Despite this we soon became busy with a constant stream of people who wanted to try out Daisho on our participation boards. Right up to the last few minutes before the show closed we then had people learning the game. As with IHMN it took about two minutes to explain the game then start playing. By the third turn, we were able to step back and just let the players get on with it.

We had gamers of all ages from a nine-year-old to chaps of my great age playing. One chap (Carlos 13) brought his non-gamer girlfriend who got stuck in and handed him his ass in great style 🙂 Well done Lucinda!

All through this there were people coming to take photographs of the boards and many were kind enough to compliment us on them. At one point a ‘delegation’ from 4Ground appeared to take a look at Bill’s non-standard thatch on his 4Ground village. Like myself, Bill had eschewed the use of teddy fur (we both oppose the killing of teddy bears for this purpose) and used brush bristles to create a very effective and realistic look.

We also met and chatted with lots and lots of IHMN players from newbies to stalwarts. There are too many to mention here by name but I would like to say it was a particular pleasure to meet Mike, aka Skrapwelder, from the Lead Adventure Forums, who had travelled from California to attend. Apparently they do not have trade shows like this in the USA, most shows being much smaller and concentrated on providing games rather than sales opportunities.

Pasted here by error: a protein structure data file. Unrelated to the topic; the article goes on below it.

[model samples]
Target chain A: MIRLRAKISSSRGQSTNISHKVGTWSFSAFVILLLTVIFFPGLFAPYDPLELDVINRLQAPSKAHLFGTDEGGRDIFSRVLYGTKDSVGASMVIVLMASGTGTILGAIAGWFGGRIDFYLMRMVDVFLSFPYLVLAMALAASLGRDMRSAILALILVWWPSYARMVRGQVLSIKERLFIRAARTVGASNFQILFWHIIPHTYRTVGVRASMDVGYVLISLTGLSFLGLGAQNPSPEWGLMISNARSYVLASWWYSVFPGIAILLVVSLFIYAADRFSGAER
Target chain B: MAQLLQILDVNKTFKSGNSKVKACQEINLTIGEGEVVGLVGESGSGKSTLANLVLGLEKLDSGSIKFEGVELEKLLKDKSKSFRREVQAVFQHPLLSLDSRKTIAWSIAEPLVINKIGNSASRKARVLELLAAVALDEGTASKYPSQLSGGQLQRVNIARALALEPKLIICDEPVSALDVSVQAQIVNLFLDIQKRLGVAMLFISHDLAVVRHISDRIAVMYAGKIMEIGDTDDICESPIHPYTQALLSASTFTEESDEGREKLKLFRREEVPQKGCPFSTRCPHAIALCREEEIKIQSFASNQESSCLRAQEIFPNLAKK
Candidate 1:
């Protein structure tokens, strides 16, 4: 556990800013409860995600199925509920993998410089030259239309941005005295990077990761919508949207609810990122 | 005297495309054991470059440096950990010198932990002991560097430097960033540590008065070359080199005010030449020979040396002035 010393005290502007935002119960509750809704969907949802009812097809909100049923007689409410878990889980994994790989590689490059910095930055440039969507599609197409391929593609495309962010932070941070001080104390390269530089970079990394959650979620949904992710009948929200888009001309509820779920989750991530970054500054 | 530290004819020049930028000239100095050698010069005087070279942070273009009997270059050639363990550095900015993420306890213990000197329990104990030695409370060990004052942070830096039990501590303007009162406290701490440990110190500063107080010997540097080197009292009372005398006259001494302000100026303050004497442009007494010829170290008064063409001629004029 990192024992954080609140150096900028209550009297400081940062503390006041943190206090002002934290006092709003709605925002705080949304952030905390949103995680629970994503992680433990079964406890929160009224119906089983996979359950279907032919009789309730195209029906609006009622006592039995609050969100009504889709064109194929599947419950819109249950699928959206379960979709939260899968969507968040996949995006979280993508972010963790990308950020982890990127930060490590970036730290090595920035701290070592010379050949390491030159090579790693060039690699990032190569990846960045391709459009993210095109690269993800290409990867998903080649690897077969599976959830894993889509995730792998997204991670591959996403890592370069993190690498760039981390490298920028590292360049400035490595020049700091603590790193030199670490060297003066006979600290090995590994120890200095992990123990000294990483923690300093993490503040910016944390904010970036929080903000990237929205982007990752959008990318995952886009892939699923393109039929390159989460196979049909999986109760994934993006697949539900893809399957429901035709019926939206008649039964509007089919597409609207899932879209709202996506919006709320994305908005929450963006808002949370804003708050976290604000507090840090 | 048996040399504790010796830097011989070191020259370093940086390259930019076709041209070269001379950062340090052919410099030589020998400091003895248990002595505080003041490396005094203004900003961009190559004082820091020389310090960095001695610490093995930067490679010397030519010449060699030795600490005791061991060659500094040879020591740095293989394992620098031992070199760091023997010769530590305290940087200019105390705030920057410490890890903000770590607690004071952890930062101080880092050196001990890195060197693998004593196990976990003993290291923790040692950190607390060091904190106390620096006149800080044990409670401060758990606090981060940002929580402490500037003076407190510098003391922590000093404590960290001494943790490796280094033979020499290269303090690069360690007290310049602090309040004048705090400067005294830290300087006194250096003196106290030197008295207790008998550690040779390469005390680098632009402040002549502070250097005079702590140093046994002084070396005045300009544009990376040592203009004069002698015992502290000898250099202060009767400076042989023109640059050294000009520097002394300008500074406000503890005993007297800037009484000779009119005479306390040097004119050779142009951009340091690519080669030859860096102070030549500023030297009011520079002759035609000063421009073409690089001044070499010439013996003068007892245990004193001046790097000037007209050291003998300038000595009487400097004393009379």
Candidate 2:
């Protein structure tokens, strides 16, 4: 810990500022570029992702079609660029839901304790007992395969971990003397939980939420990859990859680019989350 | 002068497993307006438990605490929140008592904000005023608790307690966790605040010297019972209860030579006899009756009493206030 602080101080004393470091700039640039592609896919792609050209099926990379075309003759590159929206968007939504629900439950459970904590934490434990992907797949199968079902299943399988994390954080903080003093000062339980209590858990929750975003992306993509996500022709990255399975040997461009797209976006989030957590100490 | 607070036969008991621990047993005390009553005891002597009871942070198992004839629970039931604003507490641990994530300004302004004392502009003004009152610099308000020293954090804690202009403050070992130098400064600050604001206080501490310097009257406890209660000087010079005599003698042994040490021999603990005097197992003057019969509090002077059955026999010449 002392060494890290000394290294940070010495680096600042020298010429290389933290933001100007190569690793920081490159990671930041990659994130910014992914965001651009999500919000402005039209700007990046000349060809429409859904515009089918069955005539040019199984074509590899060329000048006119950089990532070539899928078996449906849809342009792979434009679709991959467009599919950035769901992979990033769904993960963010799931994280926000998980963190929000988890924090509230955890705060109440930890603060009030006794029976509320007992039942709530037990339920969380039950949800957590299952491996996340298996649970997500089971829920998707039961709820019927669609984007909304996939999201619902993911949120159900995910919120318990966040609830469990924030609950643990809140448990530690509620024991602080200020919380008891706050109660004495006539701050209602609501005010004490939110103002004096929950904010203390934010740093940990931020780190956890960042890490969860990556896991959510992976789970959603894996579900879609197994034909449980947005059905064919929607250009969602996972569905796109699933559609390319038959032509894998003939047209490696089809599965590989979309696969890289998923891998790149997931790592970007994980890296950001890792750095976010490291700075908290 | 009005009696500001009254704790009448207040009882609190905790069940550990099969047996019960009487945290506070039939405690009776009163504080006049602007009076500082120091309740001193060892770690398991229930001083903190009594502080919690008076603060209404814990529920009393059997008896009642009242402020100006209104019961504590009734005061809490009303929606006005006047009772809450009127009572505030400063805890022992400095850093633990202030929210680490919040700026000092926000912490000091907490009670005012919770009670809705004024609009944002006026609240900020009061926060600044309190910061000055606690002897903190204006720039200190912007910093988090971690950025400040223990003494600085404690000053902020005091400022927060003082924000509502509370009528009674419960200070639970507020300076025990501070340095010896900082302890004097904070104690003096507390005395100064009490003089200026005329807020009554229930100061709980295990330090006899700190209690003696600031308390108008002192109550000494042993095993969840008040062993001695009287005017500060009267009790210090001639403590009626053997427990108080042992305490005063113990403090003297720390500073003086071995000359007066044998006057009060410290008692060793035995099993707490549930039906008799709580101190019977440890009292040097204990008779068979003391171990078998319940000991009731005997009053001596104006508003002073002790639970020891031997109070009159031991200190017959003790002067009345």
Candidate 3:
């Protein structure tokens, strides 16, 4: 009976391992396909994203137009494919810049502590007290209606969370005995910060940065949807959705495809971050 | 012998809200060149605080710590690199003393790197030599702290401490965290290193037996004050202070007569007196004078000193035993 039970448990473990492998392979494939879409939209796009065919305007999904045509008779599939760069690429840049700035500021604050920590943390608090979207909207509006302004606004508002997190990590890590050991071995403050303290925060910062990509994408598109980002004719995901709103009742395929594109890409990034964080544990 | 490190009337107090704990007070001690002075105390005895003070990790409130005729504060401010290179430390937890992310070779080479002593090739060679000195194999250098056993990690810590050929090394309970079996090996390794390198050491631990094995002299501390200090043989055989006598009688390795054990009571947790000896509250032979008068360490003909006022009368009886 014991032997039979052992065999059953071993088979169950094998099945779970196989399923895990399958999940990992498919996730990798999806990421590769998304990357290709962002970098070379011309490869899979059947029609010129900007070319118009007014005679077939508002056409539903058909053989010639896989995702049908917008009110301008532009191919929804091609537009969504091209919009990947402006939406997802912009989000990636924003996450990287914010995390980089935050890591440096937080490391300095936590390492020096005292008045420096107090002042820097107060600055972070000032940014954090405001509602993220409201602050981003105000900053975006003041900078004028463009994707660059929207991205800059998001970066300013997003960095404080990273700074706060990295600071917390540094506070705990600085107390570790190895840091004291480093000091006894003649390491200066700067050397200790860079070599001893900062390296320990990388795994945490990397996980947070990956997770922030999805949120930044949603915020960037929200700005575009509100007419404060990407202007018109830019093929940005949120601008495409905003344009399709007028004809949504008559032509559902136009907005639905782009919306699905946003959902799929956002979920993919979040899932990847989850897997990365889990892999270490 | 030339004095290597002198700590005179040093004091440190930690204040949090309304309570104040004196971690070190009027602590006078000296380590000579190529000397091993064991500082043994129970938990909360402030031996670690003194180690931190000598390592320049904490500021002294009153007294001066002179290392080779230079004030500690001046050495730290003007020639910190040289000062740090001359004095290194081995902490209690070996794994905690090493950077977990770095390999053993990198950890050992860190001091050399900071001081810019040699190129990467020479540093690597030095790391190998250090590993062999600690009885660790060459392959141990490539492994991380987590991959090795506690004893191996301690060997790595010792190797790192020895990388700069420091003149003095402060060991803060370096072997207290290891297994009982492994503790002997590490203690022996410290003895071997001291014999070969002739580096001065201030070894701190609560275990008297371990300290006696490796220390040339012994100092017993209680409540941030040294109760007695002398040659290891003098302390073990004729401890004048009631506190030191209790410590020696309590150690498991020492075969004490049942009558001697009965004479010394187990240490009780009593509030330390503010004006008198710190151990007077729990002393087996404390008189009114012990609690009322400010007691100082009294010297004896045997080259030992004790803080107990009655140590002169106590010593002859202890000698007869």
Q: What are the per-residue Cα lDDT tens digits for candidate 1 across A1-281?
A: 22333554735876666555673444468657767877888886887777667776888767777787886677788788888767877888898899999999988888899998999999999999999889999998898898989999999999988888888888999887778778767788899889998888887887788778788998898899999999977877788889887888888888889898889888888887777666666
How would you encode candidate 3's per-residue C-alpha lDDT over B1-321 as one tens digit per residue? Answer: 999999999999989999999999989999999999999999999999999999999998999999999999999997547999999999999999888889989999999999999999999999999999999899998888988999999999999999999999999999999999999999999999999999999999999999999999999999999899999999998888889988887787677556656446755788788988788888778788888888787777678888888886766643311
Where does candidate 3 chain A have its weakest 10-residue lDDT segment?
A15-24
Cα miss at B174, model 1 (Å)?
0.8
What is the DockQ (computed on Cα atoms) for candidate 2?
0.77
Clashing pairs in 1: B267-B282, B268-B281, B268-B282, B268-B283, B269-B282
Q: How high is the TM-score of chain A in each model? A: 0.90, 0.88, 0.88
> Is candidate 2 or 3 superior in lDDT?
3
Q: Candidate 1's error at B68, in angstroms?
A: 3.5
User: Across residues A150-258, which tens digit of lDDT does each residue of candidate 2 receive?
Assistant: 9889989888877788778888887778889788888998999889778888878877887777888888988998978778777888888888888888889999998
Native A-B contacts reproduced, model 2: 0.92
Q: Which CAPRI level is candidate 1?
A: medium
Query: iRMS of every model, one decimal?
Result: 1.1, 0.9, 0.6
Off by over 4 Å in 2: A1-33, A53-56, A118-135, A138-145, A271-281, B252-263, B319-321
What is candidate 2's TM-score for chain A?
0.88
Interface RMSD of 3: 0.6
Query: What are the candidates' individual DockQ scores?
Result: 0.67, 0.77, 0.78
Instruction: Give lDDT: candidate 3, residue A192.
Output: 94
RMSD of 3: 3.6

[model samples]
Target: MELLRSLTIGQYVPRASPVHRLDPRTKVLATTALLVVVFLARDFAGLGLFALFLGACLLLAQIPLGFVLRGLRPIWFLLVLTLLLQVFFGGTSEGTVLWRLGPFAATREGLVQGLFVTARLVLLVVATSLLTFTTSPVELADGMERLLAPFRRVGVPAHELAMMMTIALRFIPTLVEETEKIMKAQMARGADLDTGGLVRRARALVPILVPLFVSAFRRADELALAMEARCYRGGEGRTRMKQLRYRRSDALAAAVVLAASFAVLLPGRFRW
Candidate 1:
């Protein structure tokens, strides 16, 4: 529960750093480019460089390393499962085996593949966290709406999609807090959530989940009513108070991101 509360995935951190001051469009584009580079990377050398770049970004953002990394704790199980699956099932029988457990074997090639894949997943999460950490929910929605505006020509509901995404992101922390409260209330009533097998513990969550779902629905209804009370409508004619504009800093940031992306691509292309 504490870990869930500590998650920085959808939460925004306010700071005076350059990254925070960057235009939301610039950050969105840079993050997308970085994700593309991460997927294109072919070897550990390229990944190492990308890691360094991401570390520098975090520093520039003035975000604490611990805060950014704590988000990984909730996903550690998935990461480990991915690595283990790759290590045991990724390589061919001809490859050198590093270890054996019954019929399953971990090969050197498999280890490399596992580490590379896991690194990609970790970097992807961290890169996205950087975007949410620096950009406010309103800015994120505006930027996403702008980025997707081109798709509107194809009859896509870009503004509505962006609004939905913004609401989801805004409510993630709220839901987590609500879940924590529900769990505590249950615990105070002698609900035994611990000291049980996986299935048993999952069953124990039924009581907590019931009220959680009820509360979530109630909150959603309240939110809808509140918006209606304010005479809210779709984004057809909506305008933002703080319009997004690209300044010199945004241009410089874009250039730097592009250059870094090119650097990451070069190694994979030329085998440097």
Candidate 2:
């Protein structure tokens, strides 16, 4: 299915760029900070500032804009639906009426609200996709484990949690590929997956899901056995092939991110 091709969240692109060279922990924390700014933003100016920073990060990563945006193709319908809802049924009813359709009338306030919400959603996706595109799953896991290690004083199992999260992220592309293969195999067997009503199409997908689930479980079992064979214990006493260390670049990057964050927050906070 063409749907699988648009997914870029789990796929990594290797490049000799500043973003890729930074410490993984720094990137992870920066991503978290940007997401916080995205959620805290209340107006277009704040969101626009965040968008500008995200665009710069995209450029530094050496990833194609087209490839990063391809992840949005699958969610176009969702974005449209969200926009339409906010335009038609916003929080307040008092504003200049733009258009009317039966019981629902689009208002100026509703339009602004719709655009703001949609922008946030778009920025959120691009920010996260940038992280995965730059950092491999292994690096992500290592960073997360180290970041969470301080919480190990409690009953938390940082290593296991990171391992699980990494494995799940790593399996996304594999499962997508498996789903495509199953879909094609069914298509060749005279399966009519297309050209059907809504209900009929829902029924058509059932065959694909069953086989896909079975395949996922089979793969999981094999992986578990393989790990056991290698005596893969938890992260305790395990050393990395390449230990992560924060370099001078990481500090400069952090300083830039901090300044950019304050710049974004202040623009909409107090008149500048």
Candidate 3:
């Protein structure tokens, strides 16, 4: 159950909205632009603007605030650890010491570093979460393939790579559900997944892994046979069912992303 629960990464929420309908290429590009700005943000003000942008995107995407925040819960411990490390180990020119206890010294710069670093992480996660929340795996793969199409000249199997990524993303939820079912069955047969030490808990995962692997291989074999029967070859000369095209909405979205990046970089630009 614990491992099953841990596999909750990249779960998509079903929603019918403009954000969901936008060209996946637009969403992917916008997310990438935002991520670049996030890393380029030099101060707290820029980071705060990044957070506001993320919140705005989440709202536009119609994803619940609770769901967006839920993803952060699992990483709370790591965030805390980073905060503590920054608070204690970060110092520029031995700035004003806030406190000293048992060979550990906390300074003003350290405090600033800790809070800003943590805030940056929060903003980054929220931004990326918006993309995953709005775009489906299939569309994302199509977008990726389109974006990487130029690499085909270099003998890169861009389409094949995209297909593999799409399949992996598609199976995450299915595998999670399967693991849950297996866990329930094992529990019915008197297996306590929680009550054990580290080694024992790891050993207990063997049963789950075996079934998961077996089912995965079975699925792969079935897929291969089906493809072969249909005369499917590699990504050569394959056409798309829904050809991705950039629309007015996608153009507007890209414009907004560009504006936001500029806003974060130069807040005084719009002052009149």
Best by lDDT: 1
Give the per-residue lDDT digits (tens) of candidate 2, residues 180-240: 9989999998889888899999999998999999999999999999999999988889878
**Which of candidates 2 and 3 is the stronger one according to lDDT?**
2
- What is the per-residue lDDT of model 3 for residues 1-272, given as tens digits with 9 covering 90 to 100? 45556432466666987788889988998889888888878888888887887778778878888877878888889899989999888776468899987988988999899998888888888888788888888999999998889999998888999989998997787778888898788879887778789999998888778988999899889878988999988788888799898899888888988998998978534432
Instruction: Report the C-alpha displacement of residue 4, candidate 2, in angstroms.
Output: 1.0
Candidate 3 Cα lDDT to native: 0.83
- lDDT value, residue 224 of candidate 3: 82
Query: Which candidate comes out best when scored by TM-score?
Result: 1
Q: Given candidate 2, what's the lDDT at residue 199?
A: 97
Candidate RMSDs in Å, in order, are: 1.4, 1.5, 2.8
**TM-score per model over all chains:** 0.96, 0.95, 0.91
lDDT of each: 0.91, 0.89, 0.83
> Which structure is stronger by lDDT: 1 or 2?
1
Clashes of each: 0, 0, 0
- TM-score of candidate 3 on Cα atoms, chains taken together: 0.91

The East End Boys, Martin, Steve et al., dropped by. Looks like they are sitting on their laurels this year having picked up the Bill Brewer award at last year’s Salute for their excellent IHMN table.

A member of the South London Warlords came over to us and explained that IHMN had taken their club by storm with regular games being played at their club meets. That such a large and prestigious club is using our rules was a real compliment and I couldn’t stop grinning for ages.

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Other games

Although there were only three of us, we did rotate our duties so we could each get some time to take in the show. On my wanderings I was able to track down a number of people including the splendid Guy Bowers – who was running a participation game of his first published game, Black Ops (soon to be available for Osprey Wargames).

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[Note that this photo has been stolen from my friend Legatus’ report as I forgot to take one].

The stalwart chaps of the White Hart, who in previous Salutes had run huge IHMN games, this year were demonstrating the new Frostgrave game. This is written and published by Joe at Osprey and there is an extensive figure range (metal and plastics) from North Star Miniatures.  It looked an absolute hoot, and I shall certainly be getting a copy when it arrives in July this year.


Over in the far corner Dave Wise and his merry band from the Games Club Network were running yet another of their unusual and interesting IHMN participation games – Judge Dread 1895. As in previous years he shall be showing this up and down the length of the UK. So, we have had IHMN participation and demonstration games at three Salutes in a row, not bad for a little game eh?